4 Tech Tips to Help Millennials Get Off Their Assets and Start Investing

Hand touching stocks app on screen

Last year, Forbes made a call for millennials to get off their assets and start investing. According to the article, only 26% of young people under 30 years old are investing in stocks. Although the Forbes writer provided several great tips to help millennials overcome the initial fear of investing, many of the tips left out one key detail that makes millennials feel more comfortable in potentially uncomfortable situations -- technology.

Everything from buying a car to tracking health has become exponentially easier and more comfortable for millennials -- thanks to modern technology. Although we're still learning how to become responsible adults, tech provides us with the tools we need to at least fake it until we make it. That's why tech should be the first place our generation looks when it comes to creating and maintaining a solid investment plan.
So without further ado, here are four tech tips to help you get off your assets and start investing for your future:

1.Find an online community for support
When looking for answers to tough questions, where is the first place you turn? If you're anything like most millennials, your answer is probably "the internet." Although you can't trust everything you read online, it can still be a great place to find communities where you can ask for help on specific investment topics or provide advice for others based on your own experience with investing. If you're into Reddit, you might want to check out the SubReddit for investing for ongoing information and help. For help outside of Reddit, check out sites like MorningStar or the Trade King community for insights from others who've entered the trading industry.

2.Consider working with an online advisor
Generations before us took their investment planning needs to the office of a financial planning advisor to seek help putting together a solid plan. If you have a trusted advisor who you'd prefer to meet with in person, great! If not, you could save some money and find more convenience by going with an online advisor.
In an article by U.S. News Money, Robert Stammers, director of investor education at the CFA Institute says online advisors "Provide financial advice to people with less money to invest, and at a lower price point." Which seems ideal for newbie investors within the millennial generation. Some of the online advisor firms mentioned as helpful resources for young investors in this article were LearnVest and FutureAdvisor.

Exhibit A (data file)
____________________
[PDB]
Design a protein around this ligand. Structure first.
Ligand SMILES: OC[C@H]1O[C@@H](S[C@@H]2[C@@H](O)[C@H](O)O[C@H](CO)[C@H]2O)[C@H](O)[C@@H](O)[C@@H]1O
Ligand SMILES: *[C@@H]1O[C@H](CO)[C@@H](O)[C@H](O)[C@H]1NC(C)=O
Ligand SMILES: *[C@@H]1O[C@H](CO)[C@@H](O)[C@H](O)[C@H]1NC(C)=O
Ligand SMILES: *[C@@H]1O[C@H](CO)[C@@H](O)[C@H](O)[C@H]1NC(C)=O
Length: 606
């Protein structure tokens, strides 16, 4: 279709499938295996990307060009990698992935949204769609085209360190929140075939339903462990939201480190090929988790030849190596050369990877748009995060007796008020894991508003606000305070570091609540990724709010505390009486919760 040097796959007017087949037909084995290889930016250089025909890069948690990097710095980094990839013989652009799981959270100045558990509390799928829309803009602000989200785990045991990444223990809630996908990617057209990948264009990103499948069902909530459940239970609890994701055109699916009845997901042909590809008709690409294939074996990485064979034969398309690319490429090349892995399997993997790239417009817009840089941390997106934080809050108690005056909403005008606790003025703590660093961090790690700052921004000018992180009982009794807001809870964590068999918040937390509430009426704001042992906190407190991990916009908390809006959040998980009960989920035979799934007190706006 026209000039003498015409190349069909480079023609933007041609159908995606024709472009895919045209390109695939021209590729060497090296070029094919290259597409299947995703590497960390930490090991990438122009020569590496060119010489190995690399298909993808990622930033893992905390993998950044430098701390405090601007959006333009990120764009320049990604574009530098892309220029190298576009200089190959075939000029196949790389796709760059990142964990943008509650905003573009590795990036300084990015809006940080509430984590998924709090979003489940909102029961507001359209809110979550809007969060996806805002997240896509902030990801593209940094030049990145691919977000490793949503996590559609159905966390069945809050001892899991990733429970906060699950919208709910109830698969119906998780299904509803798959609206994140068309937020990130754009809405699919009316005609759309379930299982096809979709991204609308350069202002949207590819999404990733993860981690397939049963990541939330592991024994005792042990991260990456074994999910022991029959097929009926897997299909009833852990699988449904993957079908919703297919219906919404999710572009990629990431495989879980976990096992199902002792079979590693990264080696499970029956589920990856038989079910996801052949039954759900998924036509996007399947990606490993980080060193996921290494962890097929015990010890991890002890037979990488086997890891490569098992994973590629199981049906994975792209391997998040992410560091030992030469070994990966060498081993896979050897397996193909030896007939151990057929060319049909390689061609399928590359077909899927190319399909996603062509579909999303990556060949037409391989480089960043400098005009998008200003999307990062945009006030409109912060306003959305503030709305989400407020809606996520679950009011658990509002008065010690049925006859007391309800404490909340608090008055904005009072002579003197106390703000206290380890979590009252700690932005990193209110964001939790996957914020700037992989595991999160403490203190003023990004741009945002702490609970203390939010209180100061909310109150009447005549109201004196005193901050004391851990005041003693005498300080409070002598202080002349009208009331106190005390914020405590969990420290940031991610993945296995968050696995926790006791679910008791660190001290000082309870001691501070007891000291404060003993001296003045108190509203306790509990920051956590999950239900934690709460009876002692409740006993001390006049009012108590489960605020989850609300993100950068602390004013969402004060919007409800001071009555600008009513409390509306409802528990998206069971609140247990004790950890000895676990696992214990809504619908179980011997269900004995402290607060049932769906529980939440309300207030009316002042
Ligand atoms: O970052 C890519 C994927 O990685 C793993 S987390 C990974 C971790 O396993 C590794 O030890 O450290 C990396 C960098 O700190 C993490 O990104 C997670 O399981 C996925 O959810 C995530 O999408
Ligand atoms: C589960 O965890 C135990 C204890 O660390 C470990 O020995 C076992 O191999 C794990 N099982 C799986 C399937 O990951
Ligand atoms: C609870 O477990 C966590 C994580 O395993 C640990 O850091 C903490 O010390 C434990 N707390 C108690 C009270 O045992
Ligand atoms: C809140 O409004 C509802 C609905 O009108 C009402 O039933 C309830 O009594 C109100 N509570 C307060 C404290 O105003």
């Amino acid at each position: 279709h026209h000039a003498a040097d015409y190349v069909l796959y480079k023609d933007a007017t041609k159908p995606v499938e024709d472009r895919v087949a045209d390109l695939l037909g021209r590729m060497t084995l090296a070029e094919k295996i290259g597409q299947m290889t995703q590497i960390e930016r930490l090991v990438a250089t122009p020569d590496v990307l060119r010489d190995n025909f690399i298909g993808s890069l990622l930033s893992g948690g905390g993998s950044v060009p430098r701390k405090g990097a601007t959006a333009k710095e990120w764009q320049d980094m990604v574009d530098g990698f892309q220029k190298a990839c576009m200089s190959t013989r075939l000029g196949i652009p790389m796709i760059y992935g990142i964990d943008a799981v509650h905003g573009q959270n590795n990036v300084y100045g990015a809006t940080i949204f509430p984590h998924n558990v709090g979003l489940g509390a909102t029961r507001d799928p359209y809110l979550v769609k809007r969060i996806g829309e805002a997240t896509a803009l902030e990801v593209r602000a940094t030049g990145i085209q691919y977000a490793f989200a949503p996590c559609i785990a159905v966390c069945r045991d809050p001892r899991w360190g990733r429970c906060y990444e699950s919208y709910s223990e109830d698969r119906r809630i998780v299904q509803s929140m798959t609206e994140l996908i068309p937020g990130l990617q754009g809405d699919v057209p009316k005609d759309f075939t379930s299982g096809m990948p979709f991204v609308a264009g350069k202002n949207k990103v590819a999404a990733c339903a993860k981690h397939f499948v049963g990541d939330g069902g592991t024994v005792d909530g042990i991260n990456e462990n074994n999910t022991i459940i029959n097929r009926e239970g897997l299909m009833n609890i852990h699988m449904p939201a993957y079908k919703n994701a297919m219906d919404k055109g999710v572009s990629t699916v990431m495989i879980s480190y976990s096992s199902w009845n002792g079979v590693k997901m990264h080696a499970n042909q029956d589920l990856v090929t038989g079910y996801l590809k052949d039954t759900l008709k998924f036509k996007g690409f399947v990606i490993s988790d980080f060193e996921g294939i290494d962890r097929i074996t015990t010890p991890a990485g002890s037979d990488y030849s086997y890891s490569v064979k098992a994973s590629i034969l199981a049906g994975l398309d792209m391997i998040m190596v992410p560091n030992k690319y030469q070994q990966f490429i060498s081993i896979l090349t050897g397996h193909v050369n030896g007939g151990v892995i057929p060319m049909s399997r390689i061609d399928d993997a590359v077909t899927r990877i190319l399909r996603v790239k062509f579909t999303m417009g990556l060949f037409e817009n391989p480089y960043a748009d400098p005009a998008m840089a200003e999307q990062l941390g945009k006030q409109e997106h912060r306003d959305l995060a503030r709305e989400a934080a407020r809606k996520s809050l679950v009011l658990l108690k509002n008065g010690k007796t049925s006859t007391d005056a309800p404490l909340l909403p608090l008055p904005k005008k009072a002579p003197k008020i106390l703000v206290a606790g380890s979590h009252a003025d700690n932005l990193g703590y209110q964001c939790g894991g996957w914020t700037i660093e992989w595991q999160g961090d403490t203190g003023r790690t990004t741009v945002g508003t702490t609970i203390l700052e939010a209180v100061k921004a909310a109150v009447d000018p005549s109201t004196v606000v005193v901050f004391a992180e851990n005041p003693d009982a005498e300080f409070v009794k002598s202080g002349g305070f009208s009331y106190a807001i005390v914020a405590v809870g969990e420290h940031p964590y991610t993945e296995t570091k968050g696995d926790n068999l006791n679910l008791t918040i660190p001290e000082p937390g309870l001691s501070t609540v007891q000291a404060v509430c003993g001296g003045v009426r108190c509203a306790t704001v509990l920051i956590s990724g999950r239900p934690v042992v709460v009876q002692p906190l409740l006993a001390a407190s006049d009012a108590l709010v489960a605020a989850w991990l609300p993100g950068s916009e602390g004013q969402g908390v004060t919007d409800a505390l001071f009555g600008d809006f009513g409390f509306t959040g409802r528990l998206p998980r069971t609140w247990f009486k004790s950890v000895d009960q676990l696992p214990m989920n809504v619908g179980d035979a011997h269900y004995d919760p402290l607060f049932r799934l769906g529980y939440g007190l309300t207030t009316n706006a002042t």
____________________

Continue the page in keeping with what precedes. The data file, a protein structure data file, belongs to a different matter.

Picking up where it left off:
3.Use tech to track of your investment's value
If you work with your advisor on a regular basis, he or she should be able to help you track your investment(s) over time. Even with his or her support to keep track of the value of your chosen investment(s), it will be important to at least try to track them on your own as well.
There are lots of tools available to help investors track the value of their investments through market rises and falls. The trick is finding the right tool to fit your purpose.
For example, if you've chosen to invest in a precious metal like gold, you'll want to keep a running record of its value so that you will have some background info to discuss with your advisor during monthly appointments. For this, you could use a gold price chart like this one to track its value trends and get a better understanding of where the market has been, where it's currently standing, and where it might be headed.

4.Use your apps
Last but not least, we come to every millennial's favorite smart phone feature -- apps. One of the easiest ways to keep track of your investments on a regular basis is to store your information in an app and check up on it at least daily.
If you choose to work with an online advisor, you will have an app available to you where you can easily check your investments and keep your advisor's tips in one place.
If you're worried about testing out your trading skills with real money, the app Kapitall offers a game that can help you get started. You are provided a portfolio using pretend money, allowing you to invest throughout the game as though you were actually investing in real markets. This app could help you feel more comfortable with the investment process before you start putting real money at risk.

Hopefully this millennial-friendly list of tips will help you as you begin the process of setting up an ongoing investment plan. For more advice, I recommend following influencers in the investment business like Goldman Sachs and U.S. News Money on Twitter for additional articles and one-off tips to help you out as you navigate the waters of investing for the first time.